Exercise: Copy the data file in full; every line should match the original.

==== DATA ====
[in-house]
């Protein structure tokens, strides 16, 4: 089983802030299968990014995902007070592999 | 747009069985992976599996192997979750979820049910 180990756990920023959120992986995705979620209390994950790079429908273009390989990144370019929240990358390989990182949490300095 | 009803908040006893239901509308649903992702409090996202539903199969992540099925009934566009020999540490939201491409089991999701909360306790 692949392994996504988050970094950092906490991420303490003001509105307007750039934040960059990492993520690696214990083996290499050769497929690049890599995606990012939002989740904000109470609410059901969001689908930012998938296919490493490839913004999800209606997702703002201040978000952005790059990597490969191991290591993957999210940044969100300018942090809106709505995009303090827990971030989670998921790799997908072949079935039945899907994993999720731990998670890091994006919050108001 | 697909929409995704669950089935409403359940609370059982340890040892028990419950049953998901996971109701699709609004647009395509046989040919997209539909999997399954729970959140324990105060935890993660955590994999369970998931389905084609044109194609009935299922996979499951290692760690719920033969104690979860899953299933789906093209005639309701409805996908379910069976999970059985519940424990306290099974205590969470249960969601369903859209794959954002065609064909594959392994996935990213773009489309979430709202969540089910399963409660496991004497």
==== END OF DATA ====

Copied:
[in-house]
């Protein structure tokens, strides 16, 4: 089983802030299968990014995902007070592999 | 747009069985992976599996192997979750979820049910 180990756990920023959120992986995705979620209390994950790079429908273009390989990144370019929240990358390989990182949490300095 | 009803908040006893239901509308649903992702409090996202539903199969992540099925009934566009020999540490939201491409089991999701909360306790 692949392994996504988050970094950092906490991420303490003001509105307007750039934040960059990492993520690696214990083996290499050769497929690049890599995606990012939002989740904000109470609410059901969001689908930012998938296919490493490839913004999800209606997702703002201040978000952005790059990597490969191991290591993957999210940044969100300018942090809106709505995009303090827990971030989670998921790799997908072949079935039945899907994993999720731990998670890091994006919050108001 | 697909929409995704669950089935409403359940609370059982340890040892028990419950049953998901996971109701699709609004647009395509046989040919997209539909999997399954729970959140324990105060935890993660955590994999369970998931389905084609044109194609009935299922996979499951290692760690719920033969104690979860899953299933789906093209005639309701409805996908379910069976999970059985519940424990306290099974205590969470249960969601369903859209794959954002065609064909594959392994996935990213773009489309979430709202969540089910399963409660496991004497």